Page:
1)  At the head of a spring valley, a tyre dump holds back heaps of horse dung from which nutrients leach into the watercourse.

2) It looks as if ivy has been clasping the tree long enough to be encased in oak bark.

3) An isolated cottage with no discernible means of access is equipped as a holiday house, with books and games. It enjoys a rural view and would be perfectly tranquil were it not for the sounding of train klaxons at the crossing just behind. Moreover, it appears to be one of the few spots on the line where up & down services meet, signals therefore doubled.

4) The inexplicable Stonegate station, which you always overlook in calculating your progress home, where nobody ever gets on or off. But today there are people on the platform. One tows a suitcase. Perhaps they are actors.

5) Old tools, designed for jobs which no longer exist, rust quietly on a north-facing wall.

6) At one farm, sleeping vehicles support lichen-crusted windscreens upon which snails may peacefully graze. At another, state-of-the-art machinery worth millions is parked beside the fragile hollow, skeleton of an oast house. From behind a barn where cattle are munching come the voices of children, who are watching the slaughter of a pig.

7) An old orchard has been genetically modified to produce double-glazing.

8) This fine specimen must be the Magic Money Tree. Although our MP assured us it did not exist, it has sprung into life this very weekend with a gift of £14m to a company to ferry trucks from Ramsgate. (The company has no trucks, nor ferries nor experience with either and Ramsgate port has been closed for 5 years.) Pilgrims are already converging on the miraculous site.

9) “The way up and the way down are one and the same” (Heraclitus) A third way is however hinted at here, albeit in the form of a vacant socket.

10) Previously unknown to me, another monument to a young airman. He was 21. The stone was installed by Shoreham Aircraft Museum  who were so helpful to me in creating a monument to Harry Hamilton near Camber Castle.

11) a) A second-home cottage with the tell-tale signs: curtains drawn, blank lawn, trampoline b) behind the lovingly Wealdified high street (jettying, tile-hanging, weather-boarding) stand monstrous, lowering hill-top houses with glass walls like show-rooms but show no lights.

From the viewpoint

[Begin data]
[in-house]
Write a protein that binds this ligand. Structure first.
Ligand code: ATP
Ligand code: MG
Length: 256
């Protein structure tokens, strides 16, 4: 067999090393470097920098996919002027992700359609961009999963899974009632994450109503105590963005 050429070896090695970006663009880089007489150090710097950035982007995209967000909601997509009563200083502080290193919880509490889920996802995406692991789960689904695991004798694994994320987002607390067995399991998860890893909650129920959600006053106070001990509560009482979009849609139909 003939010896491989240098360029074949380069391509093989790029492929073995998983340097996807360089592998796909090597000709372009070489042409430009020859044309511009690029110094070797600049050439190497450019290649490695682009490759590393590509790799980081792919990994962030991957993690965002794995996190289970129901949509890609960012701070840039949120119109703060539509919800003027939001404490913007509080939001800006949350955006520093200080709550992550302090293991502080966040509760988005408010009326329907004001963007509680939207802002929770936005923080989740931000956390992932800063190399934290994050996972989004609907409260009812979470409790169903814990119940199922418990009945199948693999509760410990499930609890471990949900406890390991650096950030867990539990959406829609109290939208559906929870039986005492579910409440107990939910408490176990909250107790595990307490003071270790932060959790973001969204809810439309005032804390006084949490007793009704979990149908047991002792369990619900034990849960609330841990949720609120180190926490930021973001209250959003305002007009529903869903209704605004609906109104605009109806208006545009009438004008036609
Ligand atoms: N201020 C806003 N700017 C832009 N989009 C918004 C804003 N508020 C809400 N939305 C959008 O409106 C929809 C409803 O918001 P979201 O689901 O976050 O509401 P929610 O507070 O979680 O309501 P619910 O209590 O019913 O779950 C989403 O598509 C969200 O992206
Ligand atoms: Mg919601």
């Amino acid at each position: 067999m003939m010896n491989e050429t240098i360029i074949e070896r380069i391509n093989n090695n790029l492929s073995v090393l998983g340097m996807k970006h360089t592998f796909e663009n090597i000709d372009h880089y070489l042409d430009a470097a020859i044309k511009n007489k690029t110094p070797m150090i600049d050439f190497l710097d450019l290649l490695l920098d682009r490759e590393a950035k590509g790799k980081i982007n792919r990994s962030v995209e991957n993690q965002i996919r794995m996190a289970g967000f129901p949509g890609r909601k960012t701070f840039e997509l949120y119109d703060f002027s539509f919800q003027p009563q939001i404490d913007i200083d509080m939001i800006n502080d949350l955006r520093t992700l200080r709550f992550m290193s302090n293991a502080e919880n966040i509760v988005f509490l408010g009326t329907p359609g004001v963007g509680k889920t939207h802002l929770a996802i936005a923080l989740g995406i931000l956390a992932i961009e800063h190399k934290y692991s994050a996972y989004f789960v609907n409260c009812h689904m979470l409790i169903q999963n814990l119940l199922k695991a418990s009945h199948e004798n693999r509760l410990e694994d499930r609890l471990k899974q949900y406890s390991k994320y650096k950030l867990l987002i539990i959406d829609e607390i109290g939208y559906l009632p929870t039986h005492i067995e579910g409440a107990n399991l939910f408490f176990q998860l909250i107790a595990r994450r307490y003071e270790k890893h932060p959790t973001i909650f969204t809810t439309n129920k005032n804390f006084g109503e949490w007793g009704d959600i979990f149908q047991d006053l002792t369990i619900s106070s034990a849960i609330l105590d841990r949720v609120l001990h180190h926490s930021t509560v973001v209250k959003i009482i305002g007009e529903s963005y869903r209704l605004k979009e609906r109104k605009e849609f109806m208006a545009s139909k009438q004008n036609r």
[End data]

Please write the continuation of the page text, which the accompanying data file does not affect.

Posted in Uncategorized with tags , , on December 30, 2018 by cliffdean

When plans for the RHNR Discovery Centre were published they attracted a hurricane of criticism and abuse from some members of the local community who claimed that the building would intrude upon the “natural” & “unspoilt” landscape there.

Now this industrial building has gone up. Thanks to its height – more than twice that of the proposed Discovery Centre – and reflective materials it can be plainly seen from Cliff End to E Guldeford yet I’ve not been aware of any objections. Perhaps that’s because it’s in the middle of an industrial area, but it nonetheless has a visual impact right across the Nature Reserve.

I’ve written before -and enough – about the beautiful sequence of colour, sound and movement from the Reedbed Viewpoint as the sun sets and all kinds of birds arrive to roost on the water, in the reeds, trees and scrub and out in the bay. The other night there were no Marsh Harriers and I realized that the thousands of Common Gulls must have passed over before my arrival but as the light failed a Green Woodpecker kept me company as it flapped about the willows and 4 Great Not-very-White Egrets glided in.

Overhead, the Norwegian Airlines flight from Singapore caught the last sunshine as it banked in towards Gatwick, crossing a lattice of smudged and feathered trails from previous evening arrivals.

Winter Colour

Posted in Uncategorized with tags , on December 29, 2018 by cliffdean

 

As James & I set off from Winchelsea Station we marvelled at the indifference with which the countryside is regarded by some of those passing through it. Plastic sacks of rubbish flung into the hedgerow, an oil drum toppled (and leaking what?) into the ditch and multiple McDonalds containers & wrappings jettisoned by homegoing merrymakers.

Large amounts of roadside rubbish originates from McDonalds & KFC. Certain points along local lanes measure the time it takes to scoff a burger or swallow a drink before tossing the wrappings from the car window. Everyone’s lives are degraded by the ensuing squalour.